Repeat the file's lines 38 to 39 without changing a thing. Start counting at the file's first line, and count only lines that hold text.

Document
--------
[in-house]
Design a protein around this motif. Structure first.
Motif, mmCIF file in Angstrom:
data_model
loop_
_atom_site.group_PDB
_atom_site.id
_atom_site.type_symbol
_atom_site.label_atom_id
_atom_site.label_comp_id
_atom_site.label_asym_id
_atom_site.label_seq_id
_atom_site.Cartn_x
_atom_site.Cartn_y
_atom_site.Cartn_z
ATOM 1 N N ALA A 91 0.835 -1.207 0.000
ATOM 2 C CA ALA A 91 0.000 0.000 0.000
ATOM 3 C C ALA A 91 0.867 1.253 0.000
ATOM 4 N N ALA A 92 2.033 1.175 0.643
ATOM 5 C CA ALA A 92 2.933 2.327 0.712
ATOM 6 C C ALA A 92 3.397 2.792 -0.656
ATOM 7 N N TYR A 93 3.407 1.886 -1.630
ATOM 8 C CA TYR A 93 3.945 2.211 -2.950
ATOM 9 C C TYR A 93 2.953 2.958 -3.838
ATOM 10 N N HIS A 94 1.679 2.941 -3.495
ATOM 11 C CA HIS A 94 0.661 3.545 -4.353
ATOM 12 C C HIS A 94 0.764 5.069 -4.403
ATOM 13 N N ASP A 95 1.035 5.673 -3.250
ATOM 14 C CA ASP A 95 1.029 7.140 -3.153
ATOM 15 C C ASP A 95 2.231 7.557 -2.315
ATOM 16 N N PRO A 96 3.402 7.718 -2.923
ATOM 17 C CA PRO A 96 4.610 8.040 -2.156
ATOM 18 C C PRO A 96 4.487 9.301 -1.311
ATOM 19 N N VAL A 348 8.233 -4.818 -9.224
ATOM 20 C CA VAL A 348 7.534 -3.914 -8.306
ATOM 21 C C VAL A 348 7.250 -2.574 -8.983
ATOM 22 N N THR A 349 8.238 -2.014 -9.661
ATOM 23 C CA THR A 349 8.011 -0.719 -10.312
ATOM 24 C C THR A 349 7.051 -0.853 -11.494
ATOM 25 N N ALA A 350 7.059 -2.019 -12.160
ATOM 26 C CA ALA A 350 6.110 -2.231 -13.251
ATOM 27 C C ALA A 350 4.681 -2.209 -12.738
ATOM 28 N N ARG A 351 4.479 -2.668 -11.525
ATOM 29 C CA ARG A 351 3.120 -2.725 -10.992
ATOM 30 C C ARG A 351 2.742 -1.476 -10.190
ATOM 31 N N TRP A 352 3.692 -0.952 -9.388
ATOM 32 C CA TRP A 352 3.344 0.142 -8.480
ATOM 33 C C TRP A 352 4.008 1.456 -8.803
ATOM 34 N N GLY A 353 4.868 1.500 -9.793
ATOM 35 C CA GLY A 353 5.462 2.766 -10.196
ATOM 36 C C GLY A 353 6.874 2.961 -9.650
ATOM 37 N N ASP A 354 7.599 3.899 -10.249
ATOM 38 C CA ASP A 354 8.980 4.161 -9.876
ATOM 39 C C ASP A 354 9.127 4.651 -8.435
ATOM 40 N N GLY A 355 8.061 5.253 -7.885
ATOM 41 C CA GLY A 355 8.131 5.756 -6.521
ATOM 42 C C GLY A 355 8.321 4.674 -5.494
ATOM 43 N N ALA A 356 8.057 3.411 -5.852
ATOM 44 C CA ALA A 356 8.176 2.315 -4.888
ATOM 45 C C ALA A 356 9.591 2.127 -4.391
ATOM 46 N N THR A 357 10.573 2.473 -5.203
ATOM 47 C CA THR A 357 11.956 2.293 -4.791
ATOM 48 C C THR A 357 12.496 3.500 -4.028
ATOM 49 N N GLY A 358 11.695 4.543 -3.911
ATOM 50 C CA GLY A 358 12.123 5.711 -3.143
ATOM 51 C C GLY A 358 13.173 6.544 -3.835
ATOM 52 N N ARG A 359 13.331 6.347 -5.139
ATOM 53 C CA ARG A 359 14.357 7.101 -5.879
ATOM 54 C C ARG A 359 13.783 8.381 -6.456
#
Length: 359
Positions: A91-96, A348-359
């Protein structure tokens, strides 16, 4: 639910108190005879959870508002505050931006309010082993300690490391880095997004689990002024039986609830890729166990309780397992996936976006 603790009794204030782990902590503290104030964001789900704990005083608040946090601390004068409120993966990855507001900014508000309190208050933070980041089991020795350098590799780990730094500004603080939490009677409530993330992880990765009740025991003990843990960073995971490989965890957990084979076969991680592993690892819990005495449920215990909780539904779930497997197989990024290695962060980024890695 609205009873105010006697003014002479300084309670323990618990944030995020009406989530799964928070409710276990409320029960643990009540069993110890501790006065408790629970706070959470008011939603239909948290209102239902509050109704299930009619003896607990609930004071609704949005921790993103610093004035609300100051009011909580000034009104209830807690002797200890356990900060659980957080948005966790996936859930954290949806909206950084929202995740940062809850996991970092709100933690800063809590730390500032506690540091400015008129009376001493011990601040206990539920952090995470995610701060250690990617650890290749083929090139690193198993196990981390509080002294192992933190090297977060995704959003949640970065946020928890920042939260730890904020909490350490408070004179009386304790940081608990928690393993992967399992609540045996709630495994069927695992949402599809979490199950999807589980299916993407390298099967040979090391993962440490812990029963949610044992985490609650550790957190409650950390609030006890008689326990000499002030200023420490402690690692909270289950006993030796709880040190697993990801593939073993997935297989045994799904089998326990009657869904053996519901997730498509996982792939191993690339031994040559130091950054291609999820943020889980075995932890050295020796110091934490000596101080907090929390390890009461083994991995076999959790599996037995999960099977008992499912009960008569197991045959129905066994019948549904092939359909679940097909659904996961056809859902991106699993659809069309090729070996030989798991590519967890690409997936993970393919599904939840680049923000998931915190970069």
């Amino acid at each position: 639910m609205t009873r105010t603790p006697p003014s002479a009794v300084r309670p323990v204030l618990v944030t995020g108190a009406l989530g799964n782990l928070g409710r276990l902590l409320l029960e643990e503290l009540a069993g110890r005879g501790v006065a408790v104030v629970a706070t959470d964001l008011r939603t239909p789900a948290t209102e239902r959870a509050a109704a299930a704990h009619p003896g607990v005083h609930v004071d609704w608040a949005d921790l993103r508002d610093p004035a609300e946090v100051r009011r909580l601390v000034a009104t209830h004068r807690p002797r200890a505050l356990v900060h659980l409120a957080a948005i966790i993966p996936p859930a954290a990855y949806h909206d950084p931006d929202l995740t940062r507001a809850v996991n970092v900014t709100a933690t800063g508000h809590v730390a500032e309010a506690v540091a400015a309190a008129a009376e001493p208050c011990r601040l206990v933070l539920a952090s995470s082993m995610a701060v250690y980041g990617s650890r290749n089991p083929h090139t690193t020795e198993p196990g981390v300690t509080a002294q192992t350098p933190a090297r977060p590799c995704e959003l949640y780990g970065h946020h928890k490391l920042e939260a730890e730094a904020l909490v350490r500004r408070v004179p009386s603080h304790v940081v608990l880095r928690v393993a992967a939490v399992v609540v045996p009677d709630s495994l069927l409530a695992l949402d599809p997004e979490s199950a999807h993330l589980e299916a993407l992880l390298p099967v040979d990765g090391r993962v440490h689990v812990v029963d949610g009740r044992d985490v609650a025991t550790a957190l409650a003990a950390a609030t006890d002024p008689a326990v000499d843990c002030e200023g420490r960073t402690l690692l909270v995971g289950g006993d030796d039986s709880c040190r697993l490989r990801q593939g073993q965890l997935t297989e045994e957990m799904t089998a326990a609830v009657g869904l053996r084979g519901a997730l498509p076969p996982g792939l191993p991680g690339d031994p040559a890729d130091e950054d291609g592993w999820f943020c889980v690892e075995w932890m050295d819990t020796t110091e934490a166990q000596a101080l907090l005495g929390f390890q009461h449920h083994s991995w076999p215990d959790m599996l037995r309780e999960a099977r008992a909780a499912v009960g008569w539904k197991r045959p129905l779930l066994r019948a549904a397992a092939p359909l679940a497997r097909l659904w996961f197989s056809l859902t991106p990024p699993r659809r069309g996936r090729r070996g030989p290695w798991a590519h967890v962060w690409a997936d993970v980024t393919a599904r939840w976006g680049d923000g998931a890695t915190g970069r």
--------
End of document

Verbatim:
ATOM 23 C CA THR A 349 8.011 -0.719 -10.312
ATOM 24 C C THR A 349 7.051 -0.853 -11.494